ONS says 9.2 million Brits have never been online

Darren Allan

August 28, 2010

The Office for National Statistics produced a report on Internet access yesterday, which showed that 9.2 million people in the UK have never been online. That figure represents 18% of the population, almost one in five.

At least that number was down from the figure the ONS reported in 2009, which was 10.2 million people, indicating that in the last year, 1 million more folks have sorted out an Internet connection.

It is, however, a more pessimistic set of statistics than the UK Online Measurement Company (an arm of Nielsen) published in July, and this will give the government, and Digital Champion Martha Lane Fox, some pause for thought.

UKOM’s report estimated that double this amount, 1.9 million surfers, had connected up to the web in the year previous to May 2010. The research company reckoned 1 million alone were silver surfers.

The new ONS report stated that the most likely folks never to have used the Internet were the over 65s, along with the widowed, those on low incomes, and those with no formal qualifications.

Other statistics highlighted by the ONS included the fact that 30.1 million people (60% of the population) said they used the Internet every day. Mobile Internet usage had also increased, predictably, with 45% accessing the web on the move, up from 40% in 2009. 2.7 million had used wireless hotspots, up from 0.7 million in 2007.

In terms of Internet usage, 17 million used the net to watch TV shows or listen to the radio. 54% used online banking services, and 43% had an active social networking or messaging account. 31 million, or 62% of the population, had bought something online in the past year.

Mark Williams of the ONS commented: “Since 2006 we have seen a significant increase in the number of people using the Internet, with the number of adults accessing the Internet every day almost doubling to just over 30 million, though the UK is some way off from being completely online.”

“Usage is closely linked with a number of socio-economic and demographic indicators with those less educated and on lower incomes less likely to access the web.”






 

Comments in chronological order (4 comments)

  1. Carl Barron says:

    Nine million adults in Britain have never used the Internet, you say?

    Well is it any wonder with all the Trojans there are about getting into peoples Bank Accounts?

    Nearly everyday I get mail stating I have Bank accounts with Banks I’m not with, each carries a Trojan or is asking for banking details so they get deleted, almost all have a photo attached so this can gain entrance immediately into any of my computers.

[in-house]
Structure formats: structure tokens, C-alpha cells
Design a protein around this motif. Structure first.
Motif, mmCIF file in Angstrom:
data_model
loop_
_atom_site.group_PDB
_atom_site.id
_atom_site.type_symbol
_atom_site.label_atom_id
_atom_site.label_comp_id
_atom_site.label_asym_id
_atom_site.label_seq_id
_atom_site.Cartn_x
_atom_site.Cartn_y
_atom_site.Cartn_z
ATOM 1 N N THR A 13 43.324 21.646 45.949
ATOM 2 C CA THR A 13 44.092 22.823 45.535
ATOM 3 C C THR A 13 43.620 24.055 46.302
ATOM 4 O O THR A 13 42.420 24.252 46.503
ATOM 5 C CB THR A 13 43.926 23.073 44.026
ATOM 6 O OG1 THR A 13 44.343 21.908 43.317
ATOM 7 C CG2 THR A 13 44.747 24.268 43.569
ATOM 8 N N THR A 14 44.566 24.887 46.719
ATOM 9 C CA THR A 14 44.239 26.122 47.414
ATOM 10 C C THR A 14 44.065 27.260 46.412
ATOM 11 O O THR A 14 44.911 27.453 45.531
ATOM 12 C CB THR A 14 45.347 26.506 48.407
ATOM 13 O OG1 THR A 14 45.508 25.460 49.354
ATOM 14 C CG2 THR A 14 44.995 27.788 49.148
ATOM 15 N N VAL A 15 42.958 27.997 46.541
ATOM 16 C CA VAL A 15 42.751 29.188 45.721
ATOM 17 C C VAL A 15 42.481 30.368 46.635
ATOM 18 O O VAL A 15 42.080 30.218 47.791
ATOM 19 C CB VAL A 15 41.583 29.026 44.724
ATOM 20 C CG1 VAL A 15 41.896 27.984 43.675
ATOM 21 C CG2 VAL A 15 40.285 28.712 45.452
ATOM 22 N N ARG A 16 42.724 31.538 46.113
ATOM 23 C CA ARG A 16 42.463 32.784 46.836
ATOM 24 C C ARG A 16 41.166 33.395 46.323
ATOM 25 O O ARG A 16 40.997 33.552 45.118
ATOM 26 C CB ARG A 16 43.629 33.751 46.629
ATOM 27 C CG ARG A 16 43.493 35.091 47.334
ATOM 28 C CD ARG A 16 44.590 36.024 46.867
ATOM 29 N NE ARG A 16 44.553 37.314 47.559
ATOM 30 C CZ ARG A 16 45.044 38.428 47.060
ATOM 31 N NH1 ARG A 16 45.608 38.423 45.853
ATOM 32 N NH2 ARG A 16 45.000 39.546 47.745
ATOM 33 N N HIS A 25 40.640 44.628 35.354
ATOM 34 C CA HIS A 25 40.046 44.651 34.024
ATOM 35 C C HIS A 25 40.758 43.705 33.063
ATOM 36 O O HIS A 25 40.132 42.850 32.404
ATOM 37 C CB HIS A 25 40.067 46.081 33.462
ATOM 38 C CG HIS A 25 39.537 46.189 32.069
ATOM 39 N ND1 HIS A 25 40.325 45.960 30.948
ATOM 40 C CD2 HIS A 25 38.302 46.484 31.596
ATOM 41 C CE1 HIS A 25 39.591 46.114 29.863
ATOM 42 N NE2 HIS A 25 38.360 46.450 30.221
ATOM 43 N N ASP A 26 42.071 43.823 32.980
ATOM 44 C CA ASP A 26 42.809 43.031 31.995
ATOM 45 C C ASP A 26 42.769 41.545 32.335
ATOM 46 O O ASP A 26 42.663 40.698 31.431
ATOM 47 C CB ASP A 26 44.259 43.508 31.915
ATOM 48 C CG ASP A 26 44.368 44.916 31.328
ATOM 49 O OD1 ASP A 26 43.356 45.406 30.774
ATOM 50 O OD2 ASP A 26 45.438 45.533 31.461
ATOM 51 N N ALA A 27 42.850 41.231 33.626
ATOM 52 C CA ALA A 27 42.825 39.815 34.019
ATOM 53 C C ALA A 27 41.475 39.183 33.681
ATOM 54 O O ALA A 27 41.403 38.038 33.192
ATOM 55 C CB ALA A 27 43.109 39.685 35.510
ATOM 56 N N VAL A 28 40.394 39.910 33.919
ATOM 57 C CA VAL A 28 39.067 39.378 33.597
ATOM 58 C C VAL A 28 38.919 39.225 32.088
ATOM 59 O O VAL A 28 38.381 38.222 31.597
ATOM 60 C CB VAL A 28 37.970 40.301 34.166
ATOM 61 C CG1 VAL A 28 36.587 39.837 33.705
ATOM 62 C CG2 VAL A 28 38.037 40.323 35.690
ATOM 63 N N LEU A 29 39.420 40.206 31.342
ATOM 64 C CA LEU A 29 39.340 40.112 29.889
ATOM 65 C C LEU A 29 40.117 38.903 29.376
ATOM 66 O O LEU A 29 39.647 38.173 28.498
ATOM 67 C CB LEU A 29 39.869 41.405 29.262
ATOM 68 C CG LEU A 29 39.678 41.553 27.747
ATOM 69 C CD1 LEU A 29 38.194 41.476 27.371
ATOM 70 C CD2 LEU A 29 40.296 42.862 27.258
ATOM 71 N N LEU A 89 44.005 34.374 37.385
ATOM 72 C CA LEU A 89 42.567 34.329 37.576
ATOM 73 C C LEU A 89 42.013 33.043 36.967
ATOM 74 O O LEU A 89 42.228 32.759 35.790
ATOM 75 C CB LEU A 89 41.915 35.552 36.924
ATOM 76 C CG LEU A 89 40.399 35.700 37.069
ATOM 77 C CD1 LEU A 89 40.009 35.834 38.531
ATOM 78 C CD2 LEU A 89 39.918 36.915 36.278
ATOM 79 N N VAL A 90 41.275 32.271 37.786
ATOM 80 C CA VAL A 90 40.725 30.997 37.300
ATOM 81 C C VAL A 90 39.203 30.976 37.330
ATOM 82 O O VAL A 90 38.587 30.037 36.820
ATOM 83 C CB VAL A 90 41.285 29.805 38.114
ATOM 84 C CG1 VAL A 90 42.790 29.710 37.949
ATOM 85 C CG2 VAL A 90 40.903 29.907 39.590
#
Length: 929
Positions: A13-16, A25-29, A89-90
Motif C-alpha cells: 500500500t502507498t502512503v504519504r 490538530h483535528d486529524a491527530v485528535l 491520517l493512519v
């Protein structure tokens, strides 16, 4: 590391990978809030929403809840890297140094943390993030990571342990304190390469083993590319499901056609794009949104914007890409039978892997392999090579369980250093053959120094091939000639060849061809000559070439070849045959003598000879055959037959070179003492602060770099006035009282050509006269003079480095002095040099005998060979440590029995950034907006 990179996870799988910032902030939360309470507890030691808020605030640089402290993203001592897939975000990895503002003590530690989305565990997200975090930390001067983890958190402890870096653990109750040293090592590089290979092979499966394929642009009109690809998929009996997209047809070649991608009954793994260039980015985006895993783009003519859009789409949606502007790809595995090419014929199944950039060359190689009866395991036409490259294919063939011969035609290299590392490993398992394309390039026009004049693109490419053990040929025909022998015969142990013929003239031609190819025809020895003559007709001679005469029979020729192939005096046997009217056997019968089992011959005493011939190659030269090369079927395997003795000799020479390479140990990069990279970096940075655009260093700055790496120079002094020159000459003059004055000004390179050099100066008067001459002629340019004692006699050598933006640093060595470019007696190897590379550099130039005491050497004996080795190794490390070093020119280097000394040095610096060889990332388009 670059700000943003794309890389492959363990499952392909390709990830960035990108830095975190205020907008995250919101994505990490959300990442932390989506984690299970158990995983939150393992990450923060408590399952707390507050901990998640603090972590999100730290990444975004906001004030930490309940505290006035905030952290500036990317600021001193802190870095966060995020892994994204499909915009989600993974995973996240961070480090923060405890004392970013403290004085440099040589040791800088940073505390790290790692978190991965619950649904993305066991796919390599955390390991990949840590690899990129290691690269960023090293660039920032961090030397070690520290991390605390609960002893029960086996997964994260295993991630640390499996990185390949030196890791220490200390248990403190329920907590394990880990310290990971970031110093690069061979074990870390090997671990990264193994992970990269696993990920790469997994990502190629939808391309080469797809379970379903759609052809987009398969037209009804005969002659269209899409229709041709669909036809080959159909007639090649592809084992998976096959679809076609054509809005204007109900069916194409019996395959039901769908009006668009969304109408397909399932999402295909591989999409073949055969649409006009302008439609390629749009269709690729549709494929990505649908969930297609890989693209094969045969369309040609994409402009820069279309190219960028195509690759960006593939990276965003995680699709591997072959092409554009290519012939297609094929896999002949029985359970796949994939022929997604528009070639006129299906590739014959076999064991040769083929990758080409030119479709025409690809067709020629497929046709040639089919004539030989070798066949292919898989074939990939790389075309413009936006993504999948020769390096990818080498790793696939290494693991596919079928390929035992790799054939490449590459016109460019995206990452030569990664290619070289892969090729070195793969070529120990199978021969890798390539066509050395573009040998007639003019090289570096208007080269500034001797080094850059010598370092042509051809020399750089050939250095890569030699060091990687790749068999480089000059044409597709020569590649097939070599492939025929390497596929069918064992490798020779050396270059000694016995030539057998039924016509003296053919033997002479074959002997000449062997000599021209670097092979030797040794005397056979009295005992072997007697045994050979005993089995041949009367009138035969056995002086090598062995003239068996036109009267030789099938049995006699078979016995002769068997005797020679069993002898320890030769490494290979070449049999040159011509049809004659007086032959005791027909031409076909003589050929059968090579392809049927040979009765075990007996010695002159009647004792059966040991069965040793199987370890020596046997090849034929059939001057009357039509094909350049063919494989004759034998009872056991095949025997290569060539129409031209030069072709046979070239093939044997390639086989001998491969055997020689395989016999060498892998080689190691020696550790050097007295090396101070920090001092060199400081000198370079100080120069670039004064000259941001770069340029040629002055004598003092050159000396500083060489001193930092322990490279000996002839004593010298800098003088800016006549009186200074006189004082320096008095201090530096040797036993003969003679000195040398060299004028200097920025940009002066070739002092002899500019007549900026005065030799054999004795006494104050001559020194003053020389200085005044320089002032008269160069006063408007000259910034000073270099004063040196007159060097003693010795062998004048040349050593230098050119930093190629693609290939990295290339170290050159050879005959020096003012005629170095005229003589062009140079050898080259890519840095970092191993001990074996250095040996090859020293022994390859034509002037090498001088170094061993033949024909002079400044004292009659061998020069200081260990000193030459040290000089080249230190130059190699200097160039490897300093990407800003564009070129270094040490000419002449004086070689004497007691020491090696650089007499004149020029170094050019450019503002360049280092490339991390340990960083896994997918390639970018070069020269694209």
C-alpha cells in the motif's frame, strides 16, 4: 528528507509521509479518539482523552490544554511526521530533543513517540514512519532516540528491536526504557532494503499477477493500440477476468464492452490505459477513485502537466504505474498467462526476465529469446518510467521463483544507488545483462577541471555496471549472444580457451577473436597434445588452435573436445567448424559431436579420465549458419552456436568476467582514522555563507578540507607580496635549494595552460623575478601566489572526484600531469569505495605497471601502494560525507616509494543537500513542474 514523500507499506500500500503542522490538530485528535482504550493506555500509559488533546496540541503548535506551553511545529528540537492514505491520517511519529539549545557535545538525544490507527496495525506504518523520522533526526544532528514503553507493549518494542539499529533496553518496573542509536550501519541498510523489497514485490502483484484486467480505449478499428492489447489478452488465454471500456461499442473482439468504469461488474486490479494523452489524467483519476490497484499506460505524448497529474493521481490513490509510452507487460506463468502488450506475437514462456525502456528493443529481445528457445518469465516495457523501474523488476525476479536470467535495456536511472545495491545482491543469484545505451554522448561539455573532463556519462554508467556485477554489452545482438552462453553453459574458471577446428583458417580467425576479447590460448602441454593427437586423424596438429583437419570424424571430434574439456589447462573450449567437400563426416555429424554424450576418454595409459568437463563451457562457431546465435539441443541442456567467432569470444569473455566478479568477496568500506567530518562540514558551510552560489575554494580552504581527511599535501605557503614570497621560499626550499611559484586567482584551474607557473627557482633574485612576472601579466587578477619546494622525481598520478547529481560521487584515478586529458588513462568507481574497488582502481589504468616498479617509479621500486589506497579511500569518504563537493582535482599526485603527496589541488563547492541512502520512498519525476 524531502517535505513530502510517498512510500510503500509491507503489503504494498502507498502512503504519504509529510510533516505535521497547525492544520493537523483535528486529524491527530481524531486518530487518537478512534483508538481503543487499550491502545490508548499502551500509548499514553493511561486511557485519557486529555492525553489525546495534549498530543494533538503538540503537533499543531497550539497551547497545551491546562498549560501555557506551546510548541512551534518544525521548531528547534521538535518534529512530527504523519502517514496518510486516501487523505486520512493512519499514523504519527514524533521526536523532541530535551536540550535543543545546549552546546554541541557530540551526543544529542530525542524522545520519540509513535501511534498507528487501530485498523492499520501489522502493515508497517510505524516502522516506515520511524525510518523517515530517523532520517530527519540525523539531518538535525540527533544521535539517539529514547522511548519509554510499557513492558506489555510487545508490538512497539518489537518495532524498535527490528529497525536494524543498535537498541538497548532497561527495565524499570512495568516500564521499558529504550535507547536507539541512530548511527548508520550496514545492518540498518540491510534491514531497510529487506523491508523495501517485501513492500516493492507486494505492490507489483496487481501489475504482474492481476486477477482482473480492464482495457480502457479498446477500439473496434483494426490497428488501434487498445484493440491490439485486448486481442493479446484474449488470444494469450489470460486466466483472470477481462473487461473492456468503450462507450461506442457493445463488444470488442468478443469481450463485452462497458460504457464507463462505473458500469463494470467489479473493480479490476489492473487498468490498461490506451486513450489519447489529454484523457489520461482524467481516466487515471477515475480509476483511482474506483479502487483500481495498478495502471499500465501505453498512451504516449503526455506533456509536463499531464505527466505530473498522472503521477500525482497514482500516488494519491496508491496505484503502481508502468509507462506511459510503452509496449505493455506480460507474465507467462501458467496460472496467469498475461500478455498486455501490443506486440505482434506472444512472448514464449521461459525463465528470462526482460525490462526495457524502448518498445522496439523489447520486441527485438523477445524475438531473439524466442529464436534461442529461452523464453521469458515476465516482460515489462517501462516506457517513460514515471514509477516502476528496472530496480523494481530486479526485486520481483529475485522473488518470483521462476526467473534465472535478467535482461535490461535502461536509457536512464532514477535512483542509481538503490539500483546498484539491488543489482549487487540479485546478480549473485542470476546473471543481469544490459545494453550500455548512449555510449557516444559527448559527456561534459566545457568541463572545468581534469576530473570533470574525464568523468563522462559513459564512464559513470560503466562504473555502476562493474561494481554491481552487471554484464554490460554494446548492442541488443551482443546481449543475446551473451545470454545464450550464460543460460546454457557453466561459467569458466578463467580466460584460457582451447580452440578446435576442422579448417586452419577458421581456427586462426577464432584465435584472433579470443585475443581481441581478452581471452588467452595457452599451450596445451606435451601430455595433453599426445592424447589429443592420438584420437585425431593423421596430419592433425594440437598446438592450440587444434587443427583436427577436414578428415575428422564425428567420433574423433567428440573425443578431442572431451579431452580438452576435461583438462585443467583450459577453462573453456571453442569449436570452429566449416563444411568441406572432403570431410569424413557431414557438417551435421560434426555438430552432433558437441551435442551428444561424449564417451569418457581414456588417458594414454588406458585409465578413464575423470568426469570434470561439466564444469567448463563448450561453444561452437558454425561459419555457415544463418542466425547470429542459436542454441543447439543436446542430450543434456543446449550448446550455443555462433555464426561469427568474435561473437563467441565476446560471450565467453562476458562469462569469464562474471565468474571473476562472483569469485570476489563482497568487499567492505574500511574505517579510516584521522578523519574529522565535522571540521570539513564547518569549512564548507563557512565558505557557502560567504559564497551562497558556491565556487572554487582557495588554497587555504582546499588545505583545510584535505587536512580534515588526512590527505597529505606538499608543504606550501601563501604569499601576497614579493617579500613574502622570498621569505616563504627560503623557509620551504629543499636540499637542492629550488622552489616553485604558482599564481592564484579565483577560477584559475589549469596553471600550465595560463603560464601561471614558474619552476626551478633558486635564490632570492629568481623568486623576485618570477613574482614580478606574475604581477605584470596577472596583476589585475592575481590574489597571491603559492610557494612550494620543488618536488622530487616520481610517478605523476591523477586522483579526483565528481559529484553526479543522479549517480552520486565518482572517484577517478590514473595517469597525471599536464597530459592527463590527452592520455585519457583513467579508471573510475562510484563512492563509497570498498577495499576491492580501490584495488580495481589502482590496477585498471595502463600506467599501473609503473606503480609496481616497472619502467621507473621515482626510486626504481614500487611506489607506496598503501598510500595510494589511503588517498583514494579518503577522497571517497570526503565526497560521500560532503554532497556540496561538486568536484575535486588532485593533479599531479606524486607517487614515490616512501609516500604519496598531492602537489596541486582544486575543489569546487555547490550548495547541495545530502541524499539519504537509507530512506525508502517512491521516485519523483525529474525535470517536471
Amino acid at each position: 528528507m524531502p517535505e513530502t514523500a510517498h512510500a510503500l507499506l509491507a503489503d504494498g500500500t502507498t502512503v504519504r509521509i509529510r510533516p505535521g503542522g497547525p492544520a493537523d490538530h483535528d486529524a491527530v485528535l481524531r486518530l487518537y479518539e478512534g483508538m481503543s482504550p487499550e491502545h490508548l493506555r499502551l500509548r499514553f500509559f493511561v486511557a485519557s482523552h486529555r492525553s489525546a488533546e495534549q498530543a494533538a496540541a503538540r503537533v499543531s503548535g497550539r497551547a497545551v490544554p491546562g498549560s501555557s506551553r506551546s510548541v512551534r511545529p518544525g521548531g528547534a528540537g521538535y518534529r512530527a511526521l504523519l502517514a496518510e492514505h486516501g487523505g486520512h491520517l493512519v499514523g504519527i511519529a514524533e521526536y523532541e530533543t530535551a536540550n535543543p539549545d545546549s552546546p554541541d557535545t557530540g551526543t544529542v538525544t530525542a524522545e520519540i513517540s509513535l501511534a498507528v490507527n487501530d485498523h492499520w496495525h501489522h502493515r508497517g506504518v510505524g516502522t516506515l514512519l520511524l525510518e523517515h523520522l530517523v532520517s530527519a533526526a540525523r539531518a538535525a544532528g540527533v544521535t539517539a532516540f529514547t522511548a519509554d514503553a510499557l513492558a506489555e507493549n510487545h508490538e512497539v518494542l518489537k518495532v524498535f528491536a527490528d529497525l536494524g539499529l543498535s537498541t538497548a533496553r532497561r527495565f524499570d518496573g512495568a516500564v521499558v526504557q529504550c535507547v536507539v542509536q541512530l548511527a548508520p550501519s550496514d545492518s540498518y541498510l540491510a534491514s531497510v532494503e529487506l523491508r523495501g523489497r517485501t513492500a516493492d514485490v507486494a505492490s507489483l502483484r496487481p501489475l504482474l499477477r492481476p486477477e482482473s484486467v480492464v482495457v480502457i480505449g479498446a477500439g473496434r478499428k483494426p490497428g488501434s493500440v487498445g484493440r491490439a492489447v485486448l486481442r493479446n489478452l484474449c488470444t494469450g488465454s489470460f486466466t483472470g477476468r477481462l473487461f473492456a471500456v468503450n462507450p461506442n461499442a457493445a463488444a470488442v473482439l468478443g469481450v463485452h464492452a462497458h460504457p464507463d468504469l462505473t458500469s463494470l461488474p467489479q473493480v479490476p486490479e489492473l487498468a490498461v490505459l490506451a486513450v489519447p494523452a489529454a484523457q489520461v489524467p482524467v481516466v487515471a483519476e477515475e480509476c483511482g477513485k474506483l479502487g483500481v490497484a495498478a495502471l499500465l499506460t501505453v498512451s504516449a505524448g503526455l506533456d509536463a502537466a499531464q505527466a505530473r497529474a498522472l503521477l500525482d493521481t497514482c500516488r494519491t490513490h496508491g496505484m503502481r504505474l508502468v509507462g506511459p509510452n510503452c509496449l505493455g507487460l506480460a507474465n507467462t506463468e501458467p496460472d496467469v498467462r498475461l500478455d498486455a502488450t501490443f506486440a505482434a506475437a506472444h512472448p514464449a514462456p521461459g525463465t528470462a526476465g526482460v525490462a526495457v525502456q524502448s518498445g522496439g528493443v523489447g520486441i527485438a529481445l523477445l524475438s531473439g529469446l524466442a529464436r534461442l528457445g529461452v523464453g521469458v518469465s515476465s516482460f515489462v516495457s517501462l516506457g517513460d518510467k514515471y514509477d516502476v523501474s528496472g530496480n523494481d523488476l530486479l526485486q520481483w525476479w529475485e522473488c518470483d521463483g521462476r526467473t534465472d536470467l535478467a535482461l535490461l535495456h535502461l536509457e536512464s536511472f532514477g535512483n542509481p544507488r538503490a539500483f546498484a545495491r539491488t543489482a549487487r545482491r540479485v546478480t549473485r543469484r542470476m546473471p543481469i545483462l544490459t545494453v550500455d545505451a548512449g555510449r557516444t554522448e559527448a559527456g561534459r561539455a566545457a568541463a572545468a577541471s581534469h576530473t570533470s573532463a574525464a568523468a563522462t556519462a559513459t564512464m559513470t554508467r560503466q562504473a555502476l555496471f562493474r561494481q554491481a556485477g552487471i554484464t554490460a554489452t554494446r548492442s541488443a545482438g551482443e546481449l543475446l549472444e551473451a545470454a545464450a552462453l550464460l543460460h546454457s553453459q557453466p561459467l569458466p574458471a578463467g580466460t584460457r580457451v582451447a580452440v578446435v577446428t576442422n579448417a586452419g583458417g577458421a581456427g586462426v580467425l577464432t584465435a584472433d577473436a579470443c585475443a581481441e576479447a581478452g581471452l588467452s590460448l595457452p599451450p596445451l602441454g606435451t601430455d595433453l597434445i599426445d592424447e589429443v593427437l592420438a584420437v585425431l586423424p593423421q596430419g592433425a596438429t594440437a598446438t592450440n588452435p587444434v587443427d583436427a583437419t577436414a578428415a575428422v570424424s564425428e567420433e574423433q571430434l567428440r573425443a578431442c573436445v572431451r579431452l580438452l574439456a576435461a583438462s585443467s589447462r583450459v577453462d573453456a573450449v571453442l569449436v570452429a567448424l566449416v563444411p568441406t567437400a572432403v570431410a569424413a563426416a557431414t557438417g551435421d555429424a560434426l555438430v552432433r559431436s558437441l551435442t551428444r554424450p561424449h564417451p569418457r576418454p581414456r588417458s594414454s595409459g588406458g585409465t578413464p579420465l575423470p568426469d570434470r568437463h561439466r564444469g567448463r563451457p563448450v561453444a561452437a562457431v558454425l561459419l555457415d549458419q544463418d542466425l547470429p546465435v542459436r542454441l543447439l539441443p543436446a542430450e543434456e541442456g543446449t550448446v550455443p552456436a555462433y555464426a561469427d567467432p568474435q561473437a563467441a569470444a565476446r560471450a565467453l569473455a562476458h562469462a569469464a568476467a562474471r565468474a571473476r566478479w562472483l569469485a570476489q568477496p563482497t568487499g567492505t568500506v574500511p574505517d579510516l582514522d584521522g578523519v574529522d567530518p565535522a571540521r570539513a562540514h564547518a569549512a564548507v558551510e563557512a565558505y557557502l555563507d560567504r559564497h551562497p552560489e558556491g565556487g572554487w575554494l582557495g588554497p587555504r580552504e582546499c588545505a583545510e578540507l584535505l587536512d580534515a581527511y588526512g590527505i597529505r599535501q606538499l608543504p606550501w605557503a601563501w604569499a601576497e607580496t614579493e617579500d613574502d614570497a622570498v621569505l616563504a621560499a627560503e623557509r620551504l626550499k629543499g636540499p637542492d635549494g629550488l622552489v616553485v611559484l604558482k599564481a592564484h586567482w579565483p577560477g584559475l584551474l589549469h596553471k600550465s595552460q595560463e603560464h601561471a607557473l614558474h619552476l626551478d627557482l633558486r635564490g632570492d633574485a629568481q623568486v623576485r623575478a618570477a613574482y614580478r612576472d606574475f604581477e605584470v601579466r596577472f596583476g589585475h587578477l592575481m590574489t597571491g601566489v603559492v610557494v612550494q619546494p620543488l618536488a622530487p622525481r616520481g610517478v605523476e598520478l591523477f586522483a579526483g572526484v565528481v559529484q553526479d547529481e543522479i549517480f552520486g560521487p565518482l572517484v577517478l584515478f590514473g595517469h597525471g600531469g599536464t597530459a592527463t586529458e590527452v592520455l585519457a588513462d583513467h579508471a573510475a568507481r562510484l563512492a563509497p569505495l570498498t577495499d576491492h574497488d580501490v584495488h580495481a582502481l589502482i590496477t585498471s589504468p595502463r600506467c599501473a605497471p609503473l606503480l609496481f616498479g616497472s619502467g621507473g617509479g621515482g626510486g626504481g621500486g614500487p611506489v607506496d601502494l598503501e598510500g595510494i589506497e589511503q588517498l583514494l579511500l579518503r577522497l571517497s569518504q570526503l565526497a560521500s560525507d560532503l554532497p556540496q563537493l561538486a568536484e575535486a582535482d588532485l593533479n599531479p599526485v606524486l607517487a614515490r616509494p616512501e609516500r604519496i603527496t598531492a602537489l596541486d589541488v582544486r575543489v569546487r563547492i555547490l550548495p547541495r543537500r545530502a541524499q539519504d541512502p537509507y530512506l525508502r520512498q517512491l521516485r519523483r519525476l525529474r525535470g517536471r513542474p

The PayPoint System could help a lot by agreeing to process on line orders from the vast number of shops meaning you could pay in cash(if need be) whilst the online order is processed by a PayPoint Retailer. You could just print out a Bar-coded order form give your order to any PayPoint Shop and have no fear of loosing your money as with the current online Banking Payment System.

    I suggested this to various Banks yet they failed to respond I wonder why?

    Signed Carl Barron Chairman of agpcuk

  2. Carl Barron says:

    Perhaps if we had a more secure system for ordering from the Internet we could encourage more people to use it?

    My suggestion to use the PayPoint System could Possibly create a further boost to all Online Sales plus added Net Security. You could just print out a Bar-coded order form via a PC then give your order to any PayPoint Shop and have no fear of loosing your money as with the current risky online Payment Systems. Using my suggested system you could (if required) pay in cash as many do not trust Credit Card Systems due to scams.

    Other large retailers could also offer this facility such as Walmart, Tesco, Asda, Sainsbury’s, Morrison’s etc, which would further attract clients into their customer bases.

    Signed Carl Barron Chairman of agpcuk

  3. James says:

    The ONS, the official government body responsible for the nation’s facts and figures, and they’re using self-reported behaviour to measure internet use. That’s not very clever.

    Just think. When did you last blow your nose? There’s the problem with self-reported behaviour. It doesn’t work for things that we do regularly, on automatic pilot.

  4. Jim says:

    I’d suggest that for this type of survey, self reporting behaviour is perfectly fine.

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